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📓 Currying

Currying is an essential functional programming concept named after the mathematician Haskell Curry.

When we curry a function, we take a function with multiple arguments and then rewrite it as a series of functions, each with one argument. A function with only one argument is also known as an unary function.

Let's use currying to write a function to display our favorite (and not-so-favorite) things.

Here's how the uncurried function might look:

function aThingIMaybeLike(howMuchILikeIt, thing, reason) {
return `I ${howMuchILikeIt} ${thing} because ${reason}.`;

We could then call it like this:

aThingIMaybeLike("really like", "functional programming", "it's cool");

This will return "I really like functional programming because it's cool."

We can curry this function by creating a series of nested anonymous functions inside the aThingIMaybeLike() function:

function aThingIMaybeLike(howMuchILikeIt) {
return function(thing) {
return function(reason) {
return `I ${howMuchILikeIt} ${thing} because ${reason}.`;

Each of these functions now take a single argument. In order to use this code, we need to do the following:

aThingIMaybeLike("really like")("functional programming") ("it's cool")

In the snippet above:

  • Our outer function aThingIMaybeLike(howMuchILikeIt) takes "really like" as an argument. When the function is invoked, it calls the first inner function function(thing).

  • Our first inner function function(thing) is then invoked with the second argument "functional programming". It, too, returns a function: the innermost anonymous function(reason).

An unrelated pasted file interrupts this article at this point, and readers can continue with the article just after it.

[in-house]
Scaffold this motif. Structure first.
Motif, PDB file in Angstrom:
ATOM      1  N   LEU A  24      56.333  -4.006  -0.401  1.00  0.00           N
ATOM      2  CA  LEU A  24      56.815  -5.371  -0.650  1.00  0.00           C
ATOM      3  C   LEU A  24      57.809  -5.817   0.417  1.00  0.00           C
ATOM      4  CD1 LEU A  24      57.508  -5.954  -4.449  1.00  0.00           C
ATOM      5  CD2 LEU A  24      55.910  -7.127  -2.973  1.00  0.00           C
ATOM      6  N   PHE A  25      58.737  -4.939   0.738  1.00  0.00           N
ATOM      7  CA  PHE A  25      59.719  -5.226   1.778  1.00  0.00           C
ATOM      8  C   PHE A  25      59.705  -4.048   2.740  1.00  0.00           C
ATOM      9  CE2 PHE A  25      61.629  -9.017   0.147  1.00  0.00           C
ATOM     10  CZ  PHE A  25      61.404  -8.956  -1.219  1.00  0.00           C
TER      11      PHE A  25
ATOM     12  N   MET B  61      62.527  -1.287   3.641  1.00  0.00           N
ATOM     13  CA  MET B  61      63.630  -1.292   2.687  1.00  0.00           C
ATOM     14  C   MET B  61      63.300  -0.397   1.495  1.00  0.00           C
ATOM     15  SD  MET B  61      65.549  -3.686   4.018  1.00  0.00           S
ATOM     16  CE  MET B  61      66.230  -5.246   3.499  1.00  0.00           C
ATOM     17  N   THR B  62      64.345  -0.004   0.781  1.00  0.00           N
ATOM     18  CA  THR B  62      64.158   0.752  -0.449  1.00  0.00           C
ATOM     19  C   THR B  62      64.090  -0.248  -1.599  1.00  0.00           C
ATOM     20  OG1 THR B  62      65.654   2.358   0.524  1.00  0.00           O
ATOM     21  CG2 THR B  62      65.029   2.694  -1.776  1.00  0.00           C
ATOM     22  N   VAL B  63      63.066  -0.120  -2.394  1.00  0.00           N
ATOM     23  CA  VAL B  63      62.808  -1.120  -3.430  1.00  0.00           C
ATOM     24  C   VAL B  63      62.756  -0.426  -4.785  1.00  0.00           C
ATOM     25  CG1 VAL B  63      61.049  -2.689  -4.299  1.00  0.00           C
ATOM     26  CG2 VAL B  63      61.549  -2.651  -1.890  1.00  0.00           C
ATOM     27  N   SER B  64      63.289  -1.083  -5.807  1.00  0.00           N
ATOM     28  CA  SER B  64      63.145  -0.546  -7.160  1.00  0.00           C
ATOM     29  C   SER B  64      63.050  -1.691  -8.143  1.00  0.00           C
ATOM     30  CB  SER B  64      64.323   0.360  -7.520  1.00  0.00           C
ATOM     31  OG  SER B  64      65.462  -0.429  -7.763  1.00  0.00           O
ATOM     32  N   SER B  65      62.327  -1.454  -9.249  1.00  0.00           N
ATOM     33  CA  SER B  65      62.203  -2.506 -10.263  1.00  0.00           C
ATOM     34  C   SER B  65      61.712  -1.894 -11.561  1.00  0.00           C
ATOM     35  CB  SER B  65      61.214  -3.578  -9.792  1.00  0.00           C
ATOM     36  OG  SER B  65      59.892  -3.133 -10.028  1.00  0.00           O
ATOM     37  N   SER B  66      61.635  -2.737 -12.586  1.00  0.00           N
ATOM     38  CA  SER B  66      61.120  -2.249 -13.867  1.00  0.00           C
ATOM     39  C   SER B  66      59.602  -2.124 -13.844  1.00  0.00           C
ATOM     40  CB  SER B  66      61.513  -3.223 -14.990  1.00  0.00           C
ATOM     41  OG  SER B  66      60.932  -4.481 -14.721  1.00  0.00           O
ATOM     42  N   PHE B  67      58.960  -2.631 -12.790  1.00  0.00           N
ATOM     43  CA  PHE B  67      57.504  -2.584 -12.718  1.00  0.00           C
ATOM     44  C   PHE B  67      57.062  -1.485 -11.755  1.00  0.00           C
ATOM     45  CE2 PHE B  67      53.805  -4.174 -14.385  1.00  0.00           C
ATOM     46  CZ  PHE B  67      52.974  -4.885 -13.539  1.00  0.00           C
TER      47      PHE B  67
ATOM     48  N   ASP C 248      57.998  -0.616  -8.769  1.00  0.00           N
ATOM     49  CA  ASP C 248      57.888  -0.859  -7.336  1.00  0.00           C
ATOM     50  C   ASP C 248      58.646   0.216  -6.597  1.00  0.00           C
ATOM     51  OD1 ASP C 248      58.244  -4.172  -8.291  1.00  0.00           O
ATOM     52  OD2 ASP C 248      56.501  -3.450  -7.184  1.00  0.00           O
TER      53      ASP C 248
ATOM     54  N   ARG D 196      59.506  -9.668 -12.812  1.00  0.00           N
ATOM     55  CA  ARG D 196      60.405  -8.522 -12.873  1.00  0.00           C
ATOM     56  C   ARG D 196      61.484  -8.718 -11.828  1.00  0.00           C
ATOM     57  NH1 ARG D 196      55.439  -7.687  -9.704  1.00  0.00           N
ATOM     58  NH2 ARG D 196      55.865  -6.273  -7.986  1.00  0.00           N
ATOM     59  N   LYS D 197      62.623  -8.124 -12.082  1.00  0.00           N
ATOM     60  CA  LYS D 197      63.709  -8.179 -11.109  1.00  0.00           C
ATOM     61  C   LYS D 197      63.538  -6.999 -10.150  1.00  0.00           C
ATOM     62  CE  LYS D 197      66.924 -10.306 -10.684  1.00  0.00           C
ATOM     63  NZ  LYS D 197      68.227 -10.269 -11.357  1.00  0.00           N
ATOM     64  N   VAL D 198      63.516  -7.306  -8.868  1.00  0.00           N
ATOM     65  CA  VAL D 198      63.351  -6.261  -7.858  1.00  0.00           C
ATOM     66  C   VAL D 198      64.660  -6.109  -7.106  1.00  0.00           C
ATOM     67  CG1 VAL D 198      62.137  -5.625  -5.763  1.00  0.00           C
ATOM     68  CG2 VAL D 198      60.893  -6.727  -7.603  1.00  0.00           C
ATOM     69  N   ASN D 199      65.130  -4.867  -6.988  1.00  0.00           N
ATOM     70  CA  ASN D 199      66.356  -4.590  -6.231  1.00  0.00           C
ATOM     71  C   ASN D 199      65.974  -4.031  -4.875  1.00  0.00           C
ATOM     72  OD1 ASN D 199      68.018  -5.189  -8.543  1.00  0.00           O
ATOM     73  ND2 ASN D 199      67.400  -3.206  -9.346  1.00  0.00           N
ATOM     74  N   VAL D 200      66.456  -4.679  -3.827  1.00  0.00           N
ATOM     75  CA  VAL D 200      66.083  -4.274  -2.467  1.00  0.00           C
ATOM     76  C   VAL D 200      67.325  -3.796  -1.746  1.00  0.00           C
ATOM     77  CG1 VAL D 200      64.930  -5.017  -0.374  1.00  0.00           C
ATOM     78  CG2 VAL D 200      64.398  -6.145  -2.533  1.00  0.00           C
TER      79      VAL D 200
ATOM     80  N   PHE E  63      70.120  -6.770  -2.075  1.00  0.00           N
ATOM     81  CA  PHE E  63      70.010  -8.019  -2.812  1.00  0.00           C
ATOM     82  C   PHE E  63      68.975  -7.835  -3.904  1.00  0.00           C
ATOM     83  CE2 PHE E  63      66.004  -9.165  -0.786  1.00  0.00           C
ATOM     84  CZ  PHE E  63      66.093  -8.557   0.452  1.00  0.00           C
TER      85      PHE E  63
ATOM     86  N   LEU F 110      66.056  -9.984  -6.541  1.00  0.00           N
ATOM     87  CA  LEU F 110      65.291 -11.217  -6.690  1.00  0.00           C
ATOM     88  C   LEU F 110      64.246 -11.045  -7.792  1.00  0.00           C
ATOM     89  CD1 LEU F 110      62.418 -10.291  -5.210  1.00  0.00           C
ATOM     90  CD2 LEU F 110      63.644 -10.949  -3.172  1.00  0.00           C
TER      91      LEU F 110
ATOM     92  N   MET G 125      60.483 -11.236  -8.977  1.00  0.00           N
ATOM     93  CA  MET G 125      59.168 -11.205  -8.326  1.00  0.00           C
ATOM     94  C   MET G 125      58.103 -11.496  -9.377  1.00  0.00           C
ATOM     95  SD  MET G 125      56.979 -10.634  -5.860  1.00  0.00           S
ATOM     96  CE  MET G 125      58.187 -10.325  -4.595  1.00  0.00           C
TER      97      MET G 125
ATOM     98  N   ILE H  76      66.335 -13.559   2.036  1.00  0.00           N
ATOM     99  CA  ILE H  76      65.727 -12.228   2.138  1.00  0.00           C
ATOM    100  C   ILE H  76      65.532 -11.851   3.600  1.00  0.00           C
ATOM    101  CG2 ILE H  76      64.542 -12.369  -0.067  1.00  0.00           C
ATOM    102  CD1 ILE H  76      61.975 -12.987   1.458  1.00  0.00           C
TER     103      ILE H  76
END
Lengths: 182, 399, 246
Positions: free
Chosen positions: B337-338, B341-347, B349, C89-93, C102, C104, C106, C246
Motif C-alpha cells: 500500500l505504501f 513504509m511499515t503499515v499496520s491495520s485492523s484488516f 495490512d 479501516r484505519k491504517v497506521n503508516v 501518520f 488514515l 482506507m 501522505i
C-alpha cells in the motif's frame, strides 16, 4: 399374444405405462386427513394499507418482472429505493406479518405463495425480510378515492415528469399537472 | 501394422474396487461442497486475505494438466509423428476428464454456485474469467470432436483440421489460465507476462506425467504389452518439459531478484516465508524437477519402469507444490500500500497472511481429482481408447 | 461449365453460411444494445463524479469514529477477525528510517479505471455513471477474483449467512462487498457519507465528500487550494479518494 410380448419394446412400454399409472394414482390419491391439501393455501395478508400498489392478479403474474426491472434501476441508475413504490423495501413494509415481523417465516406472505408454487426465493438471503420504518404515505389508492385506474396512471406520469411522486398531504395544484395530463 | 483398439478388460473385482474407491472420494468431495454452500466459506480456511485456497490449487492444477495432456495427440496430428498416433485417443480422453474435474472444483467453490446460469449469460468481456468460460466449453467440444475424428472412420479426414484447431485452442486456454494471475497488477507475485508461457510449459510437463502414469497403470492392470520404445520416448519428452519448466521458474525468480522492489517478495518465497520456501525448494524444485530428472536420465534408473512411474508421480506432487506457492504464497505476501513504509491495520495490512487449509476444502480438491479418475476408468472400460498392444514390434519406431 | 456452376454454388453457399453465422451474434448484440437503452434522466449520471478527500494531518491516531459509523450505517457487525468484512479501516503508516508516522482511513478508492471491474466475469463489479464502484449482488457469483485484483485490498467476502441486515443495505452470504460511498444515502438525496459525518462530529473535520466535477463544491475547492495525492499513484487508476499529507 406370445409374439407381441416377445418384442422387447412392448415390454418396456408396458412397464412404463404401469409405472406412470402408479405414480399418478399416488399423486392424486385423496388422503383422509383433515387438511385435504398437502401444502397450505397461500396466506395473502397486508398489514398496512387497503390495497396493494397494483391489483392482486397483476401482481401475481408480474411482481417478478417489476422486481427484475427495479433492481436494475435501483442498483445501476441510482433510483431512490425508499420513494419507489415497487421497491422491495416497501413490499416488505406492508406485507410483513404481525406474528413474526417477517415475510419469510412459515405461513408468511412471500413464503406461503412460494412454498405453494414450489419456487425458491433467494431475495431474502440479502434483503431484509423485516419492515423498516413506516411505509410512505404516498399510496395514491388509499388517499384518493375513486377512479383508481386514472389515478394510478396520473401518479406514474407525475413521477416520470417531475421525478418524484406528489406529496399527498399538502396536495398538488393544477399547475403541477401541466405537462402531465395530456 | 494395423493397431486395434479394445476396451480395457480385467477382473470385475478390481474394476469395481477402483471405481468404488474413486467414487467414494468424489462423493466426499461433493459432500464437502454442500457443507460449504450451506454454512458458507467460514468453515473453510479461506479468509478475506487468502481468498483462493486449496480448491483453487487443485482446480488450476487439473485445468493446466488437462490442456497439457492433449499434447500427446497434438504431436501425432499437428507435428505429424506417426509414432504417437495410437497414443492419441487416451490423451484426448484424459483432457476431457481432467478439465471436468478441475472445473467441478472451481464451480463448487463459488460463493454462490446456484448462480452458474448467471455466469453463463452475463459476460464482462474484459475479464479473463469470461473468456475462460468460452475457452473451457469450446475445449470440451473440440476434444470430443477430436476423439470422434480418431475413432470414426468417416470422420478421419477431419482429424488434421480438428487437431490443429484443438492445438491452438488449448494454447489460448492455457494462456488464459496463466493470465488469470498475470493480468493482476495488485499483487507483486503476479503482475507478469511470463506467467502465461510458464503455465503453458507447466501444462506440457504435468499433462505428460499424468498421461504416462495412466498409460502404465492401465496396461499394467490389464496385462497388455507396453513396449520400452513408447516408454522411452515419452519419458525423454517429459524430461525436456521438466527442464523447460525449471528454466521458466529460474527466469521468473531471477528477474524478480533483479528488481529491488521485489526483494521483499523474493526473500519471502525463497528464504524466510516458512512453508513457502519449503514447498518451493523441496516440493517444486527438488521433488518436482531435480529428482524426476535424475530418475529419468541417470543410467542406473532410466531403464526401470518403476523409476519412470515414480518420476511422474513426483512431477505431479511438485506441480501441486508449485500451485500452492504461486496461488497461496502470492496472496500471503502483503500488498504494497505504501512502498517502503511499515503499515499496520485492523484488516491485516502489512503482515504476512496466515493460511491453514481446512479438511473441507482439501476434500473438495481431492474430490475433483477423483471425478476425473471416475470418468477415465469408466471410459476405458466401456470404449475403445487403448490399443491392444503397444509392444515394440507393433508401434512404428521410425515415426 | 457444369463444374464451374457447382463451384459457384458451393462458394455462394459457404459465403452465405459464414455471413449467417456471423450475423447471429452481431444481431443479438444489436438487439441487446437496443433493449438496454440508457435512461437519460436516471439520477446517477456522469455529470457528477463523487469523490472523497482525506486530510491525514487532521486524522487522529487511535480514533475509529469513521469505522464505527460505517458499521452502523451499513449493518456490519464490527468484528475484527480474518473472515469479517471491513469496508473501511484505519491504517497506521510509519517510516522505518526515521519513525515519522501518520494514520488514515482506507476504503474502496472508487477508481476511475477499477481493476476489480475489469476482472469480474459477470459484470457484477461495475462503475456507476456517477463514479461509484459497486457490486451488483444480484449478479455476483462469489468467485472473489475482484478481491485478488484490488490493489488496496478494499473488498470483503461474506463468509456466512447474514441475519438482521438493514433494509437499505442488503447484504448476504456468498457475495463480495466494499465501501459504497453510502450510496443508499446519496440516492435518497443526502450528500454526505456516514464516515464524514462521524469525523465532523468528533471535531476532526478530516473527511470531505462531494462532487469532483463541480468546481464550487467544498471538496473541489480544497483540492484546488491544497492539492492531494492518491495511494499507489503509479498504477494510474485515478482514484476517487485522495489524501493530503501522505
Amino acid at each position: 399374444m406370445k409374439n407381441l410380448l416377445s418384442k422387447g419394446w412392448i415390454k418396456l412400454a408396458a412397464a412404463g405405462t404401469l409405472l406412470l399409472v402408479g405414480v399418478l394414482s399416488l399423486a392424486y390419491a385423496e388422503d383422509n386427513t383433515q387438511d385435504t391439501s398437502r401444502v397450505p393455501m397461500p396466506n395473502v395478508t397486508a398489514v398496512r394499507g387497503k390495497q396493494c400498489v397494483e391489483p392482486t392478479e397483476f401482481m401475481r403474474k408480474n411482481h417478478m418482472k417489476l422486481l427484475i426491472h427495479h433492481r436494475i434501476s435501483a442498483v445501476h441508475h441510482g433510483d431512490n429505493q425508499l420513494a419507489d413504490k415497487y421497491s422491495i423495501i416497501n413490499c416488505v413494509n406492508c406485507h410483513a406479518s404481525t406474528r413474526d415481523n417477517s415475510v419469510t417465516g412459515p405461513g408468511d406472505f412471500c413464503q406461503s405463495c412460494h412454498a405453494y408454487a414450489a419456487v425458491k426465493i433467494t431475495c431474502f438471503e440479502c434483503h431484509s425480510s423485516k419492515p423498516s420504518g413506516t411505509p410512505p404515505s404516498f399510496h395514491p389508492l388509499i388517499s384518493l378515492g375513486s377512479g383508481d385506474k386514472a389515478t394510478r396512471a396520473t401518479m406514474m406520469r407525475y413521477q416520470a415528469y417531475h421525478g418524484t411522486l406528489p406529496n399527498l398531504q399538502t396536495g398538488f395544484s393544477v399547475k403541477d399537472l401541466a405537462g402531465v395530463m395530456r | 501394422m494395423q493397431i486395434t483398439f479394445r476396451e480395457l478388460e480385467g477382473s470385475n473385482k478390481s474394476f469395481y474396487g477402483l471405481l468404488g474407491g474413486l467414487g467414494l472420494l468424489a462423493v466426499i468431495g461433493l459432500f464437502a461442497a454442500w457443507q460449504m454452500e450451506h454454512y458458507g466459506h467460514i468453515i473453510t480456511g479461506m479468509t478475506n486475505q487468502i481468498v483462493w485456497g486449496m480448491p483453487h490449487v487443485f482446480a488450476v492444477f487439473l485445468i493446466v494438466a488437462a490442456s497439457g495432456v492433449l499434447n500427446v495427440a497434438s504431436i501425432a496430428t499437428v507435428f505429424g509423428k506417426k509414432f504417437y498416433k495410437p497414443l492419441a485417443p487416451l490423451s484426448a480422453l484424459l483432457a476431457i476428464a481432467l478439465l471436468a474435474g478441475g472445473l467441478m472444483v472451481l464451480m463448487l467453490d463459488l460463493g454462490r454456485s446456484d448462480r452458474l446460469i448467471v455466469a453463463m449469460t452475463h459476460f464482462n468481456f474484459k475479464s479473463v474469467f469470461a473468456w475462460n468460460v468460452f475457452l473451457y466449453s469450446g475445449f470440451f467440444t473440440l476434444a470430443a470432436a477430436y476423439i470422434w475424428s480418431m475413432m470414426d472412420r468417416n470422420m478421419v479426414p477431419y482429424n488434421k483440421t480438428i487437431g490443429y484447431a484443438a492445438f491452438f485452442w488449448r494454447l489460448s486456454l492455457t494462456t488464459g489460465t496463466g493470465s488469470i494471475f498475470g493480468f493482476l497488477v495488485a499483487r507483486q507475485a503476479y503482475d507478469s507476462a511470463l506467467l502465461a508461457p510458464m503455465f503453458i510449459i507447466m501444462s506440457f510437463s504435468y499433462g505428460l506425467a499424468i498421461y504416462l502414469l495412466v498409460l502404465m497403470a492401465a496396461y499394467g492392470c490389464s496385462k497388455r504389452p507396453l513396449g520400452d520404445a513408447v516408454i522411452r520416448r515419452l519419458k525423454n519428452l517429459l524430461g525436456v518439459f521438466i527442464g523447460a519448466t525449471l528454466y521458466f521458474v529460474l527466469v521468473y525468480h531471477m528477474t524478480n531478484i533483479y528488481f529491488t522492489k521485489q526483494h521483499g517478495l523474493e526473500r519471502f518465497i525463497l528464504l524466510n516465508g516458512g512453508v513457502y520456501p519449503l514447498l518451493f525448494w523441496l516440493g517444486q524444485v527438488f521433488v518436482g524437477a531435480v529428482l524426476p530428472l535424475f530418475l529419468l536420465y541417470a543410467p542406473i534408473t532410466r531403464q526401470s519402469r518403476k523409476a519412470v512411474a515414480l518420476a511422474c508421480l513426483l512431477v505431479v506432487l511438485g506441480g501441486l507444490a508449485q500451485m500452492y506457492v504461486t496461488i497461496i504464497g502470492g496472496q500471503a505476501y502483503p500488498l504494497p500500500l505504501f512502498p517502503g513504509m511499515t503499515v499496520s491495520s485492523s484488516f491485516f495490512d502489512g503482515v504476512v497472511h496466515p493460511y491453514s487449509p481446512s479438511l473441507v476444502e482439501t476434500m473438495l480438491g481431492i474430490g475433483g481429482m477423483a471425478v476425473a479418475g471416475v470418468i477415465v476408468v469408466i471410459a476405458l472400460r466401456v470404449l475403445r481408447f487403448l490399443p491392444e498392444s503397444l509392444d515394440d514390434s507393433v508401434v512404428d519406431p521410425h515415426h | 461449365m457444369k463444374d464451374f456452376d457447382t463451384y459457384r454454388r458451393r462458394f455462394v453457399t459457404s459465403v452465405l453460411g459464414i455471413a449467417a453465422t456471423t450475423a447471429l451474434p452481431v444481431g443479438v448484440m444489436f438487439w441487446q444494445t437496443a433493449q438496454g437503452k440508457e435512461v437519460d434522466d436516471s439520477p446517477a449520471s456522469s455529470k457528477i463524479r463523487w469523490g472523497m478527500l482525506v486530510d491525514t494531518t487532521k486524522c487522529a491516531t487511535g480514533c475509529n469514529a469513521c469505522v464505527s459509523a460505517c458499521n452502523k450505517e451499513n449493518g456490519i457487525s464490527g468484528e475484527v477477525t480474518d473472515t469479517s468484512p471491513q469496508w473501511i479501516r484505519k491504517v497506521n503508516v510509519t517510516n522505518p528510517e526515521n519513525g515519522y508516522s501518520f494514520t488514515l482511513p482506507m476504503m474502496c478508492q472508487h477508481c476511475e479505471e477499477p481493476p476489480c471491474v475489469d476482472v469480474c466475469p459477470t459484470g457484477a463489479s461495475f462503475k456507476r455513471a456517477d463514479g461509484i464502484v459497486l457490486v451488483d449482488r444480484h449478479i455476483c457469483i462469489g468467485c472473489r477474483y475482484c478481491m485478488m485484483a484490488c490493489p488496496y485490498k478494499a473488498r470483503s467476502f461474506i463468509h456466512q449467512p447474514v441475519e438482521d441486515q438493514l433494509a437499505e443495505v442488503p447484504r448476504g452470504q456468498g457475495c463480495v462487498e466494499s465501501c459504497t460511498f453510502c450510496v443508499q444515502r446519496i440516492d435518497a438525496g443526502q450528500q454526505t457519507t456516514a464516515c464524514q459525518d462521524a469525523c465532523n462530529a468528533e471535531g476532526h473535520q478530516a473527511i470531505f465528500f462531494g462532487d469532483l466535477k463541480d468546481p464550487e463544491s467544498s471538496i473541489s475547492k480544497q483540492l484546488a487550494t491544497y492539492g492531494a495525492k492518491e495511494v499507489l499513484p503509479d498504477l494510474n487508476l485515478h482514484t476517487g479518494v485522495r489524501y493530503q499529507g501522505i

• Finally, our innermost function returns the string "I really like functional programming because it's cool."

However, what's the point? Didn't we just write additional code to essentially do the same thing?

In the short term, yes. However, our curried function has additional powers: it's both more reusable and more flexible.

For instance, we can do the following:

const thingsThatBugMe = aThingIMaybeLike("do not like");

Now we can call this with the inner two arguments:

thingsThatBugMe("global variables")("they are a code smell");
> 'I do not like global variables because they are a code smell.'
thingsThatBugMe("functions with side effects")("they break code");
> 'I do not like functions with side effects because they break code.'

We have additional flexibility to do this with multiple arguments as well:

const reasonILoveCoding = aThingIMaybeLike("love")("coding");

If we try this out in the REPL, we'll see we can call our new function with just a single argument.

> reasonILoveCoding("it is fun");
'I love coding because it is fun.'
> reasonILoveCoding("I enjoy problem-solving");
'I love coding because I enjoy problem-solving.'

Let's briefly return to our original function that takes three arguments:

function aThingIMaybeLike(howMuchILikeIt, thing, reason) {
return `I ${howMuchILikeIt} ${thing} because ${reason}.`;

This method may be fewer lines but it doesn't have nearly as much flexibility as our curried version. It has no reusability while we were able to use our curried function to create new functions that use 1, 2 or 3 arguments.

Over the next few class sessions, try writing unary functions. Because each function should take only one argument, you will need to curry functions that would otherwise take multiple arguments. Note that you won't always be able to create an unary function. However, if a function takes too many arguments, that may also be a sign that it's trying to do too much.

Currying is another complex concept that often takes some time to absorb. Don't worry — you will get more practice and we will cover more use cases in upcoming lessons.